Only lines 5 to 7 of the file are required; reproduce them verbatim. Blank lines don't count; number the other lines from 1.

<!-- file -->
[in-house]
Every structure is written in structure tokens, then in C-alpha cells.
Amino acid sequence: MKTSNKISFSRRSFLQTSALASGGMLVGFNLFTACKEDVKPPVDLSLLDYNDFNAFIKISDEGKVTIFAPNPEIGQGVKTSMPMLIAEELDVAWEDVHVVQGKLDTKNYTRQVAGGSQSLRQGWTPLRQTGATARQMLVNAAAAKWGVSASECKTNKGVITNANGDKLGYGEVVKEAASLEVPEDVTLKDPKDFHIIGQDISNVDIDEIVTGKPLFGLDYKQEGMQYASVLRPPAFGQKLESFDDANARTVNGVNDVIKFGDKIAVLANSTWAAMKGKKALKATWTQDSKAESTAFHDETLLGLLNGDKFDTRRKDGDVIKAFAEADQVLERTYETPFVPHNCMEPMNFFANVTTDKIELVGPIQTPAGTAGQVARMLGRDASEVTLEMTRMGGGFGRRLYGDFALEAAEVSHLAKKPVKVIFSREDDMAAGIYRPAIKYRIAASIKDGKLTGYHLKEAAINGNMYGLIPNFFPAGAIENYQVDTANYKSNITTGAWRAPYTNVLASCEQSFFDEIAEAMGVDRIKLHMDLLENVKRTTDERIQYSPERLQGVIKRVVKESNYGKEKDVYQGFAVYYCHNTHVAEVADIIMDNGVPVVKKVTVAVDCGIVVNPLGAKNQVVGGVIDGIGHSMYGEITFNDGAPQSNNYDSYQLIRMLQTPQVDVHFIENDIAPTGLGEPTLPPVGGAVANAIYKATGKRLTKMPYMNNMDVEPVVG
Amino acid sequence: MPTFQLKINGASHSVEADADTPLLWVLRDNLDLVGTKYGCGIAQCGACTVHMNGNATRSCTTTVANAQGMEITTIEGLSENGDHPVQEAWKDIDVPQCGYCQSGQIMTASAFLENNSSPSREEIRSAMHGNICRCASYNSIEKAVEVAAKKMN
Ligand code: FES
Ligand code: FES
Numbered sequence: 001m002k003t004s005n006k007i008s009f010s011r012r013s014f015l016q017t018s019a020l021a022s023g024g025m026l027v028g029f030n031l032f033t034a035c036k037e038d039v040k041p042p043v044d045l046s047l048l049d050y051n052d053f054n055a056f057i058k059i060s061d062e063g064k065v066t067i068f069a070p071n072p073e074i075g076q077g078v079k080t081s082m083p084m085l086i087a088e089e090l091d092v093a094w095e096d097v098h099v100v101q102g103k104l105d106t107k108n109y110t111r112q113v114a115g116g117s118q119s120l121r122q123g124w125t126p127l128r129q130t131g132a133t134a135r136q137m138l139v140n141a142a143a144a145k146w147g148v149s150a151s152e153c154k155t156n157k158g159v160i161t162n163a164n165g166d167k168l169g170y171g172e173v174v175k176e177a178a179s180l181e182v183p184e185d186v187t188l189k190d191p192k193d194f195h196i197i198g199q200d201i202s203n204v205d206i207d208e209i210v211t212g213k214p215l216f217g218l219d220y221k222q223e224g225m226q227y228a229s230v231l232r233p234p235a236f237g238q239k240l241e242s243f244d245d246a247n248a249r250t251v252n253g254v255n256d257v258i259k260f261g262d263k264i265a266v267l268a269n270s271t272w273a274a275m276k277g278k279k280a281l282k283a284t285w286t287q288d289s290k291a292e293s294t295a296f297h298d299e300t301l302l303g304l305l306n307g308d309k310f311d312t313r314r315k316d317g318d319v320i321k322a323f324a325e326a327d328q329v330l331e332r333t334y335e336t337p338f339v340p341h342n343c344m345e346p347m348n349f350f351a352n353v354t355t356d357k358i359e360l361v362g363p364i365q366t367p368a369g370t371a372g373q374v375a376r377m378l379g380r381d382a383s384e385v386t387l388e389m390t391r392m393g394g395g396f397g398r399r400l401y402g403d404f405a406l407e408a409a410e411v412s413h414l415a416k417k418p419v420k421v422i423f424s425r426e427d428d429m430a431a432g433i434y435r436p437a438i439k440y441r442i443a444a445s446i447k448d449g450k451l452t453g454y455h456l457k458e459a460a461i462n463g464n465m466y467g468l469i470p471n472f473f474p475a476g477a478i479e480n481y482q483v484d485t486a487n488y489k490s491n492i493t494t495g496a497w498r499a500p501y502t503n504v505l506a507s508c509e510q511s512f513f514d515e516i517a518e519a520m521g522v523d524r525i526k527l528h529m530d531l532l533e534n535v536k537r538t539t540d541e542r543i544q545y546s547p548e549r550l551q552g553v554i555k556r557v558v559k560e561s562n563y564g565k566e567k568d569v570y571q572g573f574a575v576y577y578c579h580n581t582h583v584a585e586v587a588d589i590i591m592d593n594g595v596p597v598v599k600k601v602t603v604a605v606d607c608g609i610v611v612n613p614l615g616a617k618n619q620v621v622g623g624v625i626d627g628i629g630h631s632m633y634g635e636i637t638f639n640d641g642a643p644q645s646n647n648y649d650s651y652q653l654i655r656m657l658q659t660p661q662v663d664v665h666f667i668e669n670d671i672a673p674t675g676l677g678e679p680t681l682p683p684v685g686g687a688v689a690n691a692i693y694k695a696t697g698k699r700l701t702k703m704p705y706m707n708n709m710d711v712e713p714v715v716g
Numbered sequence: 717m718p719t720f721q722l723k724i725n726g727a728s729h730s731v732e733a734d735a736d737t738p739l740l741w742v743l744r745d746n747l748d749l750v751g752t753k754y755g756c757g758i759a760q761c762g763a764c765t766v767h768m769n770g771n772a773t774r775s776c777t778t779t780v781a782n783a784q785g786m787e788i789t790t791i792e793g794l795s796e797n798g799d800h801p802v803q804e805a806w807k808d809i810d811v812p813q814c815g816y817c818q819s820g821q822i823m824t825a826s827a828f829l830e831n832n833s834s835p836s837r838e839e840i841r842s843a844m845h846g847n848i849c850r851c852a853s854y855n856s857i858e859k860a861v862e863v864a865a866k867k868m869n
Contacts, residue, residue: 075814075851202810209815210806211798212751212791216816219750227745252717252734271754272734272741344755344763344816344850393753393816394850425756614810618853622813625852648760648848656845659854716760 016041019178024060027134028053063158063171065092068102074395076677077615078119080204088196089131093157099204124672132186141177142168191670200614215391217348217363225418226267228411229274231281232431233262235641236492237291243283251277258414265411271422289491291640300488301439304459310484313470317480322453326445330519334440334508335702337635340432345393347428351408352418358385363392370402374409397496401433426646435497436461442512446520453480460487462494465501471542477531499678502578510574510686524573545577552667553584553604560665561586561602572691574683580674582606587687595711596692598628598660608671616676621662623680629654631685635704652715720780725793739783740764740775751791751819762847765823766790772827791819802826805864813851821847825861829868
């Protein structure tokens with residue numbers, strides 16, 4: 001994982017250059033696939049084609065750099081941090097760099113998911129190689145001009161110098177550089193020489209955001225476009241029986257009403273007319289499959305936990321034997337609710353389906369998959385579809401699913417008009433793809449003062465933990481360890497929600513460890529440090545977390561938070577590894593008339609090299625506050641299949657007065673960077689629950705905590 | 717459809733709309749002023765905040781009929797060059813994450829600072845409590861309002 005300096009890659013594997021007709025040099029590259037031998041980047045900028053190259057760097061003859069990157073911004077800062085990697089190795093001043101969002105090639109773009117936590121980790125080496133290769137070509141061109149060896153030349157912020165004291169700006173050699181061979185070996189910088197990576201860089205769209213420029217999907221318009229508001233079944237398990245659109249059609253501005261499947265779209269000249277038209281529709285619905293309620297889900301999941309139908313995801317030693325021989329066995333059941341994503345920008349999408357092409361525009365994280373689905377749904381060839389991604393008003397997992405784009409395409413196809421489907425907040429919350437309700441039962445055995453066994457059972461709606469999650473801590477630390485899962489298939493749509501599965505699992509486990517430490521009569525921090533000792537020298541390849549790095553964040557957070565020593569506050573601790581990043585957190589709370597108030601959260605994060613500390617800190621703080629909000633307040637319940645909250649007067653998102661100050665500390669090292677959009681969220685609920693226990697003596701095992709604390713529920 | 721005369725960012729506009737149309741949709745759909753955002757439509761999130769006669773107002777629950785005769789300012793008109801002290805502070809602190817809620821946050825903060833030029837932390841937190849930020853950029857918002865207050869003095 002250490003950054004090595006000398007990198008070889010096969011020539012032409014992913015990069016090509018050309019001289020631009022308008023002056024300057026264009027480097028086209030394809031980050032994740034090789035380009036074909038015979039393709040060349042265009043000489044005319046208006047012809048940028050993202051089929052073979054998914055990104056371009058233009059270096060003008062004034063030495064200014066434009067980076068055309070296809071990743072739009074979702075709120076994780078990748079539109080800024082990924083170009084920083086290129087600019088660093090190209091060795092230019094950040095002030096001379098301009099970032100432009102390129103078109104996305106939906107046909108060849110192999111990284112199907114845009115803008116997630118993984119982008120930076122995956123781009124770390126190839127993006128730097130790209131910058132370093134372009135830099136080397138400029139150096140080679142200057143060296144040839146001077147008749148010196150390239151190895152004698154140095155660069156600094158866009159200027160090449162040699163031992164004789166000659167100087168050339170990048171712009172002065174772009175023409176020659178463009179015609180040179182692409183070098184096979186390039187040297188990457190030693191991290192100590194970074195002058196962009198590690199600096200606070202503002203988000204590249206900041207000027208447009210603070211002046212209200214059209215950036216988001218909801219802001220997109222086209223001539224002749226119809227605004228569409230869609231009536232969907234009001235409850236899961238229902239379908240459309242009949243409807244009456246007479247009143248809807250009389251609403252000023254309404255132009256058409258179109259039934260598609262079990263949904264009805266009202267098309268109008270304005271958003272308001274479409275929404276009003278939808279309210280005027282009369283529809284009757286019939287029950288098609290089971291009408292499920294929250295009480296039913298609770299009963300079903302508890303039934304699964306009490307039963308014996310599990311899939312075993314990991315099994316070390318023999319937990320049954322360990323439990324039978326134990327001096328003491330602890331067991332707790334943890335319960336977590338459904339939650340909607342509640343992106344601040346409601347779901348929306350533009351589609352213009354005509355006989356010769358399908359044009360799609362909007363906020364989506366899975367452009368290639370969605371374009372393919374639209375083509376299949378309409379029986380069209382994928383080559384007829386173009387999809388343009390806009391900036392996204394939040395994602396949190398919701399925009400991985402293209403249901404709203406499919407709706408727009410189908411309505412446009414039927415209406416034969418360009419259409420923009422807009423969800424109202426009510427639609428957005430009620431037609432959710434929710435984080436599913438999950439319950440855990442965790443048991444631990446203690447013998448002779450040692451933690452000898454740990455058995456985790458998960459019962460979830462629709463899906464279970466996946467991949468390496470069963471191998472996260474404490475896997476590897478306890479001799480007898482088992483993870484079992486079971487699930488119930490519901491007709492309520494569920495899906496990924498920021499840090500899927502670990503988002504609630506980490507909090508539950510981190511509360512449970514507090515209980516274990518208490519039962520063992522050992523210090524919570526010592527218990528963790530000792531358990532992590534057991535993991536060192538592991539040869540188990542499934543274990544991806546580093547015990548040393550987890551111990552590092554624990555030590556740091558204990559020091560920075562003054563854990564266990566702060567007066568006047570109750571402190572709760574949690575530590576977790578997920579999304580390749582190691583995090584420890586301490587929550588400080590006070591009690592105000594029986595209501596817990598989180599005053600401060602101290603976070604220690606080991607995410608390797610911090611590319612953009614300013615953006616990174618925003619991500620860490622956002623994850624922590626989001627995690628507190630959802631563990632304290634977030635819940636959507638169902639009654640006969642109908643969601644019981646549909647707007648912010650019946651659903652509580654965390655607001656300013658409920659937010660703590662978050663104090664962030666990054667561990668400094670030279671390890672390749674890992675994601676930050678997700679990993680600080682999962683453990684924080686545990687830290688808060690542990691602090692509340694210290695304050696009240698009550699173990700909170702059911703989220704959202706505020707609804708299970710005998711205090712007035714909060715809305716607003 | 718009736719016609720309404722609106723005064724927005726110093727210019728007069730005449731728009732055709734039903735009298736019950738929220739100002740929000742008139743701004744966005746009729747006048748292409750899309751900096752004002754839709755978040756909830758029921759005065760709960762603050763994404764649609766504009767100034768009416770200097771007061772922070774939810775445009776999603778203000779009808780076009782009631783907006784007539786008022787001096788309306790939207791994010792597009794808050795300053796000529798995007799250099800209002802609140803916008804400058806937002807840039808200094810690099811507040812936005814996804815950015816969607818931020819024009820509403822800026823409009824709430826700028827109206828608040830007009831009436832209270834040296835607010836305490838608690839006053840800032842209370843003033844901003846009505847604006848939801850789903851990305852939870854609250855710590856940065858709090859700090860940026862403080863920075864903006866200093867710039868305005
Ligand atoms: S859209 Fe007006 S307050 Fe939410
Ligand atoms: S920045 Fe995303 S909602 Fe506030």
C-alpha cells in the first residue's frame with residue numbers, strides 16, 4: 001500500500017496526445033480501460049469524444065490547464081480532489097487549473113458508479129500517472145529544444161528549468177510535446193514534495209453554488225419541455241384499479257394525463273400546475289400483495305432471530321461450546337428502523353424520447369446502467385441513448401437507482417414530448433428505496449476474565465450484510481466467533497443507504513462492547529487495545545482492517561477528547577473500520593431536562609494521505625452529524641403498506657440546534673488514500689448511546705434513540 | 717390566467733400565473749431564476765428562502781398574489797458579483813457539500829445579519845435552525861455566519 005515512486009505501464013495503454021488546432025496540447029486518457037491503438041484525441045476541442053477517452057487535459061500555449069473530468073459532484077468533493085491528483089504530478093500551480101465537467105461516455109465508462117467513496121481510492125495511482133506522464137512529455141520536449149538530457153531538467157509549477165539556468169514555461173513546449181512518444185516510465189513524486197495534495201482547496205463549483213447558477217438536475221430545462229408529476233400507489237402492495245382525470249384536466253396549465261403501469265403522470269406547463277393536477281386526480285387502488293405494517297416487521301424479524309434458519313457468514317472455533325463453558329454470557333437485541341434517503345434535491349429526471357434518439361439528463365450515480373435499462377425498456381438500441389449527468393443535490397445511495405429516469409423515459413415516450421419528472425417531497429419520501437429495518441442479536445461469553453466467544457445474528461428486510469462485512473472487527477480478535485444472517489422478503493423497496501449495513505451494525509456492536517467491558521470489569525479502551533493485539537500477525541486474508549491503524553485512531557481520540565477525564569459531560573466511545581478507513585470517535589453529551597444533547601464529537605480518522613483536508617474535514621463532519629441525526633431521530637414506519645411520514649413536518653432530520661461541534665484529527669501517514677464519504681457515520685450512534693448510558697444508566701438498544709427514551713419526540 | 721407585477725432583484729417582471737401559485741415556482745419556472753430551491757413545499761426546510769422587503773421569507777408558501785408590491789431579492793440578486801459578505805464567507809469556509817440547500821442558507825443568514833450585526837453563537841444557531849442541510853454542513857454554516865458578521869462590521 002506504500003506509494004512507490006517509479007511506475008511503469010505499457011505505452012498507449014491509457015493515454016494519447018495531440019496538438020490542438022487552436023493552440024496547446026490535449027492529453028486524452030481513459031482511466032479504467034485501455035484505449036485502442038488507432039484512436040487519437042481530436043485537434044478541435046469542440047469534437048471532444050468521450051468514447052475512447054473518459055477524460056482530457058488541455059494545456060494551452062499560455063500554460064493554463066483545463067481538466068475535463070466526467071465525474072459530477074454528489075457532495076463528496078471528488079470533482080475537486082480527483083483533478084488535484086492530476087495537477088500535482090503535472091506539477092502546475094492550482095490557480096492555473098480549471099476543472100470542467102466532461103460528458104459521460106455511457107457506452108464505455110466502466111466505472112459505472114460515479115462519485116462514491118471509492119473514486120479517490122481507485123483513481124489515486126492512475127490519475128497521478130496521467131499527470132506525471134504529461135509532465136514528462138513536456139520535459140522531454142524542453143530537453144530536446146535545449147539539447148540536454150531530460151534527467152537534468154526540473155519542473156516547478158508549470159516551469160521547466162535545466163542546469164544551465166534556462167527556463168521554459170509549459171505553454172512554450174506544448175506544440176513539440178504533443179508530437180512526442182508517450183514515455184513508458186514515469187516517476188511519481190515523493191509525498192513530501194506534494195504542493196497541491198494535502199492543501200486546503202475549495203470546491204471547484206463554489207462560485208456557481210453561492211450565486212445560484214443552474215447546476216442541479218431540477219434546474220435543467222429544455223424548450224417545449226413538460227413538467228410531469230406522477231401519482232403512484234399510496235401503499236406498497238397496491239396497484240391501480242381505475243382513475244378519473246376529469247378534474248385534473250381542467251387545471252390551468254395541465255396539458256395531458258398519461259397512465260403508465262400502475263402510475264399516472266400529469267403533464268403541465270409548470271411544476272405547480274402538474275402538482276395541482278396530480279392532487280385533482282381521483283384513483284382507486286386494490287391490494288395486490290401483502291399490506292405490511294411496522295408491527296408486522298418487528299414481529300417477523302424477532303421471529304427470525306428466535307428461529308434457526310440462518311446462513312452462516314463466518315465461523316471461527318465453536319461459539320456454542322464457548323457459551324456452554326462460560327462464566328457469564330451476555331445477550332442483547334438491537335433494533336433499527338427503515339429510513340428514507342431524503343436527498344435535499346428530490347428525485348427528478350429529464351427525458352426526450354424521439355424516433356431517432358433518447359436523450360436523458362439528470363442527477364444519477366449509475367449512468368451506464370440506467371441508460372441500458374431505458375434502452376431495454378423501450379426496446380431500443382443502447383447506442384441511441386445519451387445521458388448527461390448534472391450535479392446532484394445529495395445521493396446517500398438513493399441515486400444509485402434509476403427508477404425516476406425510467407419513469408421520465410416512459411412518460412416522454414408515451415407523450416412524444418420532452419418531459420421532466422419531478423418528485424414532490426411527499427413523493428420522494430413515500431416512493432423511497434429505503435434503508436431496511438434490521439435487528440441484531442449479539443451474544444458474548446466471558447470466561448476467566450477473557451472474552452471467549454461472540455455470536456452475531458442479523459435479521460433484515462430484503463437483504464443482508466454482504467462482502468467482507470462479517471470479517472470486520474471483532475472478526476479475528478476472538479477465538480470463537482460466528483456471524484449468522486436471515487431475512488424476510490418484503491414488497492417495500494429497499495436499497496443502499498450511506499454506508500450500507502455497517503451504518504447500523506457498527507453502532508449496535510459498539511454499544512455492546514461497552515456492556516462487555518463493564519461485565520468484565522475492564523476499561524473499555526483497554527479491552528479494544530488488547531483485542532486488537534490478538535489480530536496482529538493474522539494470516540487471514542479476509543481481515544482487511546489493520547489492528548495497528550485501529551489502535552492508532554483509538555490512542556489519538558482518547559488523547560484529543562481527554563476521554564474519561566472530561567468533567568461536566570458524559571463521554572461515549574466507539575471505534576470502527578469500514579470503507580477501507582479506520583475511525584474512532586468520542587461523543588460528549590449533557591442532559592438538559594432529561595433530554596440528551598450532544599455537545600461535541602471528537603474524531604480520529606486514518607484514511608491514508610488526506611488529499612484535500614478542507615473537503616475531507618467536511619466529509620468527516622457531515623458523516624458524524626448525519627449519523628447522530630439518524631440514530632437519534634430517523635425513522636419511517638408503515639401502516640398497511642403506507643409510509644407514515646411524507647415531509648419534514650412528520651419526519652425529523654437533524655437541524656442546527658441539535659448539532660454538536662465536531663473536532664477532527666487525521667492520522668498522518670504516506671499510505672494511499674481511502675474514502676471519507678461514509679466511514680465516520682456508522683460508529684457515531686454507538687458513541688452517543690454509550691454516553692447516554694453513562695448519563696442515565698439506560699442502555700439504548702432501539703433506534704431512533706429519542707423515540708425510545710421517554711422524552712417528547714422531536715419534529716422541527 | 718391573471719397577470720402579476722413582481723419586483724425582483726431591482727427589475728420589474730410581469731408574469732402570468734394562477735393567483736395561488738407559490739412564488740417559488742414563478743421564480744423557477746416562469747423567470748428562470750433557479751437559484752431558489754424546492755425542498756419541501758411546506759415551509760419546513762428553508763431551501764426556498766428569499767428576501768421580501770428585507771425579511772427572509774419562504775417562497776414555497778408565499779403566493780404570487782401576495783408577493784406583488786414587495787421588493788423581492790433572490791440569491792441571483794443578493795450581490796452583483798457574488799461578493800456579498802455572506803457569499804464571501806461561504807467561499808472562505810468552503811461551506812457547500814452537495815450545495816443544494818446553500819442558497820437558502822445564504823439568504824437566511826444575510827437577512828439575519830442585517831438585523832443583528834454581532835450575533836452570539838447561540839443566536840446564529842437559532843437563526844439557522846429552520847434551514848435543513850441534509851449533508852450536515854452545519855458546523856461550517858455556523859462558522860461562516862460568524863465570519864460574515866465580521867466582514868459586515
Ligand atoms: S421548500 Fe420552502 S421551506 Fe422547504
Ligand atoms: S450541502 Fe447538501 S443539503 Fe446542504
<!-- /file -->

Ligand code: FES
Ligand code: FES
Numbered sequence: 001m002k003t004s005n006k007i008s009f010s011r012r013s014f015l016q017t018s019a020l021a022s023g024g025m026l027v028g029f030n031l032f033t034a035c036k037e038d039v040k041p042p043v044d045l046s047l048l049d050y051n052d053f054n055a056f057i058k059i060s061d062e063g064k065v066t067i068f069a070p071n072p073e074i075g076q077g078v079k080t081s082m083p084m085l086i087a088e089e090l091d092v093a094w095e096d097v098h099v100v101q102g103k104l105d106t107k108n109y110t111r112q113v114a115g116g117s118q119s120l121r122q123g124w125t126p127l128r129q130t131g132a133t134a135r136q137m138l139v140n141a142a143a144a145k146w147g148v149s150a151s152e153c154k155t156n157k158g159v160i161t162n163a164n165g166d167k168l169g170y171g172e173v174v175k176e177a178a179s180l181e182v183p184e185d186v187t188l189k190d191p192k193d194f195h196i197i198g199q200d201i202s203n204v205d206i207d208e209i210v211t212g213k214p215l216f217g218l219d220y221k222q223e224g225m226q227y228a229s230v231l232r233p234p235a236f237g238q239k240l241e242s243f244d245d246a247n248a249r250t251v252n253g254v255n256d257v258i259k260f261g262d263k264i265a266v267l268a269n270s271t272w273a274a275m276k277g278k279k280a281l282k283a284t285w286t287q288d289s290k291a292e293s294t295a296f297h298d299e300t301l302l303g304l305l306n307g308d309k310f311d312t313r314r315k316d317g318d319v320i321k322a323f324a325e326a327d328q329v330l331e332r333t334y335e336t337p338f339v340p341h342n343c344m345e346p347m348n349f350f351a352n353v354t355t356d357k358i359e360l361v362g363p364i365q366t367p368a369g370t371a372g373q374v375a376r377m378l379g380r381d382a383s384e385v386t387l388e389m390t391r392m393g394g395g396f397g398r399r400l401y402g403d404f405a406l407e408a409a410e411v412s413h414l415a416k417k418p419v420k421v422i423f424s425r426e427d428d429m430a431a432g433i434y435r436p437a438i439k440y441r442i443a444a445s446i447k448d449g450k451l452t453g454y455h456l457k458e459a460a461i462n463g464n465m466y467g468l469i470p471n472f473f474p475a476g477a478i479e480n481y482q483v484d485t486a487n488y489k490s491n492i493t494t495g496a497w498r499a500p501y502t503n504v505l506a507s508c509e510q511s512f513f514d515e516i517a518e519a520m521g522v523d524r525i526k527l528h529m530d531l532l533e534n535v536k537r538t539t540d541e542r543i544q545y546s547p548e549r550l551q552g553v554i555k556r557v558v559k560e561s562n563y564g565k566e567k568d569v570y571q572g573f574a575v576y577y578c579h580n581t582h583v584a585e586v587a588d589i590i591m592d593n594g595v596p597v598v599k600k601v602t603v604a605v606d607c608g609i610v611v612n613p614l615g616a617k618n619q620v621v622g623g624v625i626d627g628i629g630h631s632m633y634g635e636i637t638f639n640d641g642a643p644q645s646n647n648y649d650s651y652q653l654i655r656m657l658q659t660p661q662v663d664v665h666f667i668e669n670d671i672a673p674t675g676l677g678e679p680t681l682p683p684v685g686g687a688v689a690n691a692i693y694k695a696t697g698k699r700l701t702k703m704p705y706m707n708n709m710d711v712e713p714v715v716g